I met Stanley several years ago at the The Fresh Loaf forum, when he looked for test bakers for his first book, “Inside the Jewish Bakery”. Though, at that stage, some recipes still were a bit rough around the edges (my husband complained about feeling like a guinea pig!), the book was well worth it, and his Onion Rolls are still a great favorite with my customers.
Last year, I was happy to help with the translation of some German recipes Stanley considered for his newest book, devoted entirely to rye breads.
Leafing through the The Rye Baker, a cluster of spiral shaped savory rolls caught my eye. Not only because the “Swabian Rye Flower” looked so attractive – it was made with a laminated rye dough!
I had never even heard that such a thing existed.
The filling was easy: Trader Joe’s Prosciutto (lightly smoked), and French Comté cheese were already in my fridge, and for the herb topping I snipped off fresh thyme in the garden.
The cottage cheese for the filling had to be rinsed and drained to make it, mixed with cream cheese, dry enough to emulate quark (what they would have used in Germany).
10 grams of instant yeast seemed a lot, I reduced the amount to 9 grams (and would try 8 next time), and it rose just fine.
Laminating the dough was a bit more challenging. The recipe requires vegetable shortening for the fat layer.
I had made croissants before, and if butter and dough are sufficiently chilled, the fat stays put during the rolling and folding process.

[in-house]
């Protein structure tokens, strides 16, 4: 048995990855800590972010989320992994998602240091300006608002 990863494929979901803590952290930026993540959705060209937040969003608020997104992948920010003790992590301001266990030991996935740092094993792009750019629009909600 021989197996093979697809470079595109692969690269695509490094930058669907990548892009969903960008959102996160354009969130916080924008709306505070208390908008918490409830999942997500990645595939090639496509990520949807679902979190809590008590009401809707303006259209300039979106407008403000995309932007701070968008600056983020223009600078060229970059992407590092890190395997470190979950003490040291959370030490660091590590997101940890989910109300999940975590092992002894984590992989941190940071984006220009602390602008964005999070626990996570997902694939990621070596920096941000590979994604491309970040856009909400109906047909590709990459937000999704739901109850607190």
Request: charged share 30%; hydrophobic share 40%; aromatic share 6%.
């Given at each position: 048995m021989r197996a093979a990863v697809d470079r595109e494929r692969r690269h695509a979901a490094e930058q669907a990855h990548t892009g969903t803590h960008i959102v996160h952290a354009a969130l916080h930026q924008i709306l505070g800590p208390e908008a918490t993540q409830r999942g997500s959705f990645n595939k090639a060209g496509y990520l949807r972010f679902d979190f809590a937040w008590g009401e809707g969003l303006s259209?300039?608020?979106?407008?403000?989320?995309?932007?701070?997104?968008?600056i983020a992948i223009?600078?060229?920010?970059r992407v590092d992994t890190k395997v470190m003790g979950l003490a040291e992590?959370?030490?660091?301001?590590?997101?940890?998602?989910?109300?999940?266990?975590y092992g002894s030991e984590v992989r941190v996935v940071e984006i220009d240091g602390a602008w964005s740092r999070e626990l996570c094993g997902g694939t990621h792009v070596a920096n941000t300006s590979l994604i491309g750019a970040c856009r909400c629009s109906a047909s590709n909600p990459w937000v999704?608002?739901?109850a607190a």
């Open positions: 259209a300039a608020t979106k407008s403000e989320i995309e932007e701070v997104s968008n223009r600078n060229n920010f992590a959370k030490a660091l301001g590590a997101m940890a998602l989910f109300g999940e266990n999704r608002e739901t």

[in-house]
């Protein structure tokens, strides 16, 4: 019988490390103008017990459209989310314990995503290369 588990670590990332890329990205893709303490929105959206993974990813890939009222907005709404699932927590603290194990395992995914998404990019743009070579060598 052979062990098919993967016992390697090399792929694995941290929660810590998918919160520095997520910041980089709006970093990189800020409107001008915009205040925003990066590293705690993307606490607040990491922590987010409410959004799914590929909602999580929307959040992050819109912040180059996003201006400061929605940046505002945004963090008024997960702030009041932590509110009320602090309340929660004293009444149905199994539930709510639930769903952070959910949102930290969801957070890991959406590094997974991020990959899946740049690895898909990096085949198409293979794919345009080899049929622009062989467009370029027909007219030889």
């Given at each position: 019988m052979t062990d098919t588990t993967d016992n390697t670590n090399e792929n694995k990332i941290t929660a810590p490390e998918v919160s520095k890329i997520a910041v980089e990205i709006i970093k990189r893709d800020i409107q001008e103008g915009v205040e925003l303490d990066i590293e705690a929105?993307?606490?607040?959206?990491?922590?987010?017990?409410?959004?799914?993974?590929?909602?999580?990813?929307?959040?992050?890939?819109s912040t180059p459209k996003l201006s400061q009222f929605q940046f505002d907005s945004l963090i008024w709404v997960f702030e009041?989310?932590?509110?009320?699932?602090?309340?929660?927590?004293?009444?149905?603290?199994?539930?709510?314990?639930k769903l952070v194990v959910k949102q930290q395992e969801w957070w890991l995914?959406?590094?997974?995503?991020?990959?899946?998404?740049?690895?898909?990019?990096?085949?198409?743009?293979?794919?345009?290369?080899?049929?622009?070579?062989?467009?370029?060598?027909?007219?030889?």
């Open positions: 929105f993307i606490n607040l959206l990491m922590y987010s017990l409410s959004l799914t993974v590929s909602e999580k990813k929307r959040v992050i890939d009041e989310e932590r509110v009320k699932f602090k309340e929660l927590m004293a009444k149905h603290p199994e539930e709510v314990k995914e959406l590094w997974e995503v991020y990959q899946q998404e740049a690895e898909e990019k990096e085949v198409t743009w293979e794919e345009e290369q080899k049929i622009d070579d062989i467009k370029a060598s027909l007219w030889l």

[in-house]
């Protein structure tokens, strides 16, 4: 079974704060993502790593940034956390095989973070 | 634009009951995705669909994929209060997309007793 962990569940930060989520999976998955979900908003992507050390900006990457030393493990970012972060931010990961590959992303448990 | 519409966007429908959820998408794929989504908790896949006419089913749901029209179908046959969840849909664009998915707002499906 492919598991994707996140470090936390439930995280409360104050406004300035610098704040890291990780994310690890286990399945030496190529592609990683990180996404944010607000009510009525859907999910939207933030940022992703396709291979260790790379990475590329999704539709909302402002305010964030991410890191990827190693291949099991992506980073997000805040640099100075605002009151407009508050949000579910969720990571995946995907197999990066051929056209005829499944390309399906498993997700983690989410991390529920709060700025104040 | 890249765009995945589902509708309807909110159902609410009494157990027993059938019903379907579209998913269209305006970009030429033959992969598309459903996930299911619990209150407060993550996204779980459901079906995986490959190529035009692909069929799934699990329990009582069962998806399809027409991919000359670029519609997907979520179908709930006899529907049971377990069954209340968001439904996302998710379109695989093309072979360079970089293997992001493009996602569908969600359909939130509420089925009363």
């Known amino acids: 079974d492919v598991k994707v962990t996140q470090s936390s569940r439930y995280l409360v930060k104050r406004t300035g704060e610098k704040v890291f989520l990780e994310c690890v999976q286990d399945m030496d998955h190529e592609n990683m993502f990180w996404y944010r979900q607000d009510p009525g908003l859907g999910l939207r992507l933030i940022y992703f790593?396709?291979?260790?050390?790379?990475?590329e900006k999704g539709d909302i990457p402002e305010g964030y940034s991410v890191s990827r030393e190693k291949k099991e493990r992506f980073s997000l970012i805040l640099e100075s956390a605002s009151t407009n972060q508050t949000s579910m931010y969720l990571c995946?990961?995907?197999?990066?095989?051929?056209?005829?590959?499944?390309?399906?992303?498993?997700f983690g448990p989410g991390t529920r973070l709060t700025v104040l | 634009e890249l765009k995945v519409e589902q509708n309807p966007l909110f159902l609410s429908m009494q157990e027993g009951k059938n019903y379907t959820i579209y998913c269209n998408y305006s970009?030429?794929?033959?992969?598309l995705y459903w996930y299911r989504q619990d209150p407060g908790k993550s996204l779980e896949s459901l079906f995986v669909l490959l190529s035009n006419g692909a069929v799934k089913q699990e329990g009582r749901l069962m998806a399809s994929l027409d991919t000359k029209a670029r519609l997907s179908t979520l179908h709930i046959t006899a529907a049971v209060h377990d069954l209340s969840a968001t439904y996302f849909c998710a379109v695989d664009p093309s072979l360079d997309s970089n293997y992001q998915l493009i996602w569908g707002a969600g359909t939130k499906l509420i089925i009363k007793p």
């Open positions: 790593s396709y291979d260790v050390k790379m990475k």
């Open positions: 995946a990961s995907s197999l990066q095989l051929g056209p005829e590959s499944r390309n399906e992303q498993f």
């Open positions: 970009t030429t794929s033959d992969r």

Soft shortening is more difficult to contain. I should have straightened the edges of the rolled dough with a knife before folding it. This step from croissant making could have prevented a raggedy seam where fat can be squeezed out.
Too late: on this day neither my hands, nor the rolling pin or work bench needed any more lubrication – Crisco took care of it! Fortunately, most of the shortening behaved, staying within the dough, and the fat leakage during baking was not more than to be expected.
Stanley chose shortening because of the water content of butter – shortening doesn’t have any – that could make the sticky rye dough even stickier. His advice: if you want to laminate with butter, you should mix it with some flour (1 tbsp flour/200 g butter).
We loved the hearty rolls! The laminated rye layers came apart and had a satisfying crunch, and the filling was delicious. The pretty flower shape, though, prevented the crisping in those places where the rolls touched. Being a sucker for crispiness, I would sacrifice form for function next time, and bake the spirals separate from each other.
But I will definitely make the Swabian Rye Rolls again!
|One of these tasty rolls are a meal!|
SCHWÄBISCHES ROGGENBLÜMLE – SWABIAN RYE FLOWER (adapted from Stanley Ginsberg: The Rye Baker)
102 g/3.6 oz white rye flour
93 g/3.25 oz water (105ºF/41ºC)
5 g/0.2 oz rye mother starter
200 g/7.05 oz starter (all)
153 g/5.4 oz medium rye flour
245 g/8.65 oz all-purpose flour
218 g/7.7 oz cold water
10 g/0.7 oz salt
10 g/0.7oz instant yeast (I used only 9 g)
3 g/0.12 oz bread spices
200 g/7.05 oz vegetable shortening, at room temperature (68-72ºF/20-22º)
125 g/4.4 oz dry cured ham (like country ham or prosciutto) (I used Trader Joe’s Prosciutto)
125 g/4.4 oz onion, chopped
2 tsp vegetable oil, for sautéing
125 g/4.4 oz hard cheese (like Gruyere, Parmesan etc.) (I used Comté)
85 g/3.0 oz cottage cheese, rinsed and drained
42 g/1.5 oz cream cheese, softened
black pepper, to taste
salt, to taste (I didn’t add any – ham and cheese had enough salt)
chopped parsley, dill, or chives, for topping (optional) (I used fresh thyme)
|The rye starter is made with white rye|
3:00 – 6:00 pm:
For the starter, mix ingredients in small bowl until all flour is hydrated. Cover, and leave at room temperature overnight (ca. 15-18 hours – it’s ready when small bubbles appear on the surface, and it has a spongy structure underneath.)
|Sautéing ham and onion|